Harare - "As a comrade of our struggle, Comrade Mengistu and his government played a key and commendable role during our struggle for independence and no one can dispute that," William Nhara, a spokesperson for President Robert Mugabe's government, said.
"The judgment is an Ethiopian judgment and will not affect his status in Zimbabwe. As far as we know there is no extradiction treaty between Harare and Addis Ababa."
An Ethiopian court on Tuesday found Mengistu guilty in his absence of genocide for atrocities committed under his Marxist regime, after a 12-year trial.
Mengistu, who was ousted in 1991 and took exile in Zimbabwe, faces the death penalty.
Nhara said Mengistu helped train Zimbabwean guerillas in Ethiopia and provided arms during the war against British colonial rule which culminated in the country's independence in 1980.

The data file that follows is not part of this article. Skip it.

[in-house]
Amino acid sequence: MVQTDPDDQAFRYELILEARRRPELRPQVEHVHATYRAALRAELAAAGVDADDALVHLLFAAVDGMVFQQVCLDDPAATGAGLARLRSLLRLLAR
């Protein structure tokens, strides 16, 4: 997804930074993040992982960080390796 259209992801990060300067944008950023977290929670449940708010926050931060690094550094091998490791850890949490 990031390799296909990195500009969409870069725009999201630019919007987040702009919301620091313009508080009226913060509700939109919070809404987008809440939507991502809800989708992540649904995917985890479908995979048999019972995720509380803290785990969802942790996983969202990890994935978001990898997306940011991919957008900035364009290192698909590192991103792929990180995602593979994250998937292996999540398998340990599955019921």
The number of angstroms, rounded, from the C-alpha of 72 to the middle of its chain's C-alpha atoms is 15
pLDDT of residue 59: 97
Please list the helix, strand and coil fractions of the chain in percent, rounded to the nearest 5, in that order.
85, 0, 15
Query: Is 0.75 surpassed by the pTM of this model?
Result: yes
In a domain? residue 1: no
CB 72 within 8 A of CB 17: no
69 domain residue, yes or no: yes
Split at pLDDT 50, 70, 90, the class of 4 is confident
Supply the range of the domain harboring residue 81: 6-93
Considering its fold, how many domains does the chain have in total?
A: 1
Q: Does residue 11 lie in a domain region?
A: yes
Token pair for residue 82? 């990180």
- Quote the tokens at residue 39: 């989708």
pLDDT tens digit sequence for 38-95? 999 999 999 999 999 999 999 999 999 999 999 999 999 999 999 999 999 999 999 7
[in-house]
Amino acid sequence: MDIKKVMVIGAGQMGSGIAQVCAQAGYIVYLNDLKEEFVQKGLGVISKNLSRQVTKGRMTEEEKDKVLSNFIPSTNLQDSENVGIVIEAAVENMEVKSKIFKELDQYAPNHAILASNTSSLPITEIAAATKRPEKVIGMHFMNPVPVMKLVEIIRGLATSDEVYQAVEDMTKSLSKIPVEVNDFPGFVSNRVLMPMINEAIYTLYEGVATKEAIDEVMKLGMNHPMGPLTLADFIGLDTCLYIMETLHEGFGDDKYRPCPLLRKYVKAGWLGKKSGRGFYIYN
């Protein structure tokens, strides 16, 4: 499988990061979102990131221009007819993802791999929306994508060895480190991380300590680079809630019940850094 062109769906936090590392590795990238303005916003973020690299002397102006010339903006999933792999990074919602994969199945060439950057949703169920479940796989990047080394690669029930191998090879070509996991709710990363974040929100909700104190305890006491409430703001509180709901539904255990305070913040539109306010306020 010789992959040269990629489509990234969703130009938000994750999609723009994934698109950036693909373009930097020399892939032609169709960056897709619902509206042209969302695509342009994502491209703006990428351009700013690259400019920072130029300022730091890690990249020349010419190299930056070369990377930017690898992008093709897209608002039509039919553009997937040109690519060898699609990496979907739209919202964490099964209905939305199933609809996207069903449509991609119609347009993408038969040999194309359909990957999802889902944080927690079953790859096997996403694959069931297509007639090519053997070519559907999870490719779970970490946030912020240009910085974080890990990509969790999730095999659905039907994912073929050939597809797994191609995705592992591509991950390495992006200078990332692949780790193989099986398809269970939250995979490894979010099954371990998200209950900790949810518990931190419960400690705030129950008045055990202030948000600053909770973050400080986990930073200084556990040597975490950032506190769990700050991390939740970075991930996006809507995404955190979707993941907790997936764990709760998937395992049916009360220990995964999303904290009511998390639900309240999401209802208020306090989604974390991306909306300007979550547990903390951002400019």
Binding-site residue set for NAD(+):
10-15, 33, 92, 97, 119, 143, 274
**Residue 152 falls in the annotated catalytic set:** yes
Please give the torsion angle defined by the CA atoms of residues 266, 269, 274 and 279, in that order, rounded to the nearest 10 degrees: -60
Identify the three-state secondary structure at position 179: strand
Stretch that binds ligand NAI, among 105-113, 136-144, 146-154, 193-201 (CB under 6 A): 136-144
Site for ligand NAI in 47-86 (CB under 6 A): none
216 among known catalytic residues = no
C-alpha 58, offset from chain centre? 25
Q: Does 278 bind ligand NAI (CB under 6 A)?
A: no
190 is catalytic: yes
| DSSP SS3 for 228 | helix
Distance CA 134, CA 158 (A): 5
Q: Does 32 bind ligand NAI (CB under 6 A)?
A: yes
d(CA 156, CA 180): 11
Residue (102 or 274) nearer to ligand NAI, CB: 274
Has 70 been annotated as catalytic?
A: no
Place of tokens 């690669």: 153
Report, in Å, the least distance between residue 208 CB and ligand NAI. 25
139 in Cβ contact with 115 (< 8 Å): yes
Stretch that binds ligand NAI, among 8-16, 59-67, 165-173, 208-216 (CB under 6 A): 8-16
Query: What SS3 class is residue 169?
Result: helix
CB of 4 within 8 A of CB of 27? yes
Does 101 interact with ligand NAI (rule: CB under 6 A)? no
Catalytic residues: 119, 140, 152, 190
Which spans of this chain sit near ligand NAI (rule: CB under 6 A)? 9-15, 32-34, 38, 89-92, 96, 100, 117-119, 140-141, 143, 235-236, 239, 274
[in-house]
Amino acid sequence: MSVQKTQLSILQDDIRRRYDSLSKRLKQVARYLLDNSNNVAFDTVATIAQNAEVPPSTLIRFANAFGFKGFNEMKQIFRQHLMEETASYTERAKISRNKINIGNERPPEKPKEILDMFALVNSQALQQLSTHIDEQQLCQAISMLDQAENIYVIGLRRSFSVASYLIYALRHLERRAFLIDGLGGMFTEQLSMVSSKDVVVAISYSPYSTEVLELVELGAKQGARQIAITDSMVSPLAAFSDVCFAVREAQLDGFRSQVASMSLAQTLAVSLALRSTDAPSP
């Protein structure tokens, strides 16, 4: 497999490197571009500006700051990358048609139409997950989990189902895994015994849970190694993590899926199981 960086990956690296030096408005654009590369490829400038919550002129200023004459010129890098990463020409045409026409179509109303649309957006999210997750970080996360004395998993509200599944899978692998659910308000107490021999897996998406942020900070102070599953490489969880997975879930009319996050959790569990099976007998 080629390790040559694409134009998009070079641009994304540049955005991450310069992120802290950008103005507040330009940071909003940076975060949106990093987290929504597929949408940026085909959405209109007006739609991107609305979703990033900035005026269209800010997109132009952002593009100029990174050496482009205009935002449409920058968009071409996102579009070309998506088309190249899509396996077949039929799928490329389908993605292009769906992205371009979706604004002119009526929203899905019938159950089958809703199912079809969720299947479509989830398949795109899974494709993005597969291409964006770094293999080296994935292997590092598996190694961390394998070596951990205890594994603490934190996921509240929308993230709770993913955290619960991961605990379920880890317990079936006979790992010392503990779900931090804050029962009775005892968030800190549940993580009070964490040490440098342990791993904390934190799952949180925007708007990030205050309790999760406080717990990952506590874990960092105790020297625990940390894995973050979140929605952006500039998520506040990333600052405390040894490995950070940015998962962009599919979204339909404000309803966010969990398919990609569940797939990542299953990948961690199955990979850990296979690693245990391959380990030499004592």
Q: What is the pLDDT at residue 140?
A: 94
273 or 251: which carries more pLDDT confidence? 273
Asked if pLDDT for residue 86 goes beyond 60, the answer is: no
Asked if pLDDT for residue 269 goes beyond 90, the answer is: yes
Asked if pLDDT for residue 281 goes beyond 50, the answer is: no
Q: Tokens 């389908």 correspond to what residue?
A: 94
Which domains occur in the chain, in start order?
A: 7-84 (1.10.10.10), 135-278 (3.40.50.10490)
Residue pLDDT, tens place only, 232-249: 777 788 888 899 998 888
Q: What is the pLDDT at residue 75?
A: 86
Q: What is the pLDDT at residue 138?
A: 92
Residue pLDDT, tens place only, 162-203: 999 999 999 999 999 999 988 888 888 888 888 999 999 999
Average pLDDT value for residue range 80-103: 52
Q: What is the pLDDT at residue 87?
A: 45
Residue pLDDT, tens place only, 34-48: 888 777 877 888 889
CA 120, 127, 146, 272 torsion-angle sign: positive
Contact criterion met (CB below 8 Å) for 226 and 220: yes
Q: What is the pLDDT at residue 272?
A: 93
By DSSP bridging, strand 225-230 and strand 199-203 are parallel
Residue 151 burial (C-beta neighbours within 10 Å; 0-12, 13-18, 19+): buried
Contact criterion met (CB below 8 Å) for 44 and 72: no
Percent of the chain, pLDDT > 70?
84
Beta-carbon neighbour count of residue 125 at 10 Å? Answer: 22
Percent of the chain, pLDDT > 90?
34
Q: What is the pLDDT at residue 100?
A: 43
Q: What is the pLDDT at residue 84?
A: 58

"After independence Comrade Mengistu's government provided training for our air force pilots and not many countries have shown such commitment to us."
Nhara said Mengistu was persuaded to leave Addis Ababa following his ouster by the governments of Britain and United States as there were fears of bloodshed if he remained in Ethiopia.
He said Mengistu had initially intended to settle in Kenya but later decided it was too close to Ethiopia.
Zimbabwe's acting information minister Paul Mangwana has said the verdict on Mengistu would not change Zimbabwe's position on the former dictator.
"Comrade Mengistu asked for asylum and he was granted that asylum. That position will not change," Mangwana said on Tuesday.
The charges against Mengistu and his co-accused relate to atrocities committed during the 1977-78 "Red Terror" period when tens of thousands of people were killed or disappeared in his bid to turn Ethiopia into a Soviet-style workers' state.
He and his former top aides were also accused of the murders of Ethiopia's emperor Haile Selassie, who claimed descent from the Queen of Sheba. The emperor was toppled in a 1974 coup.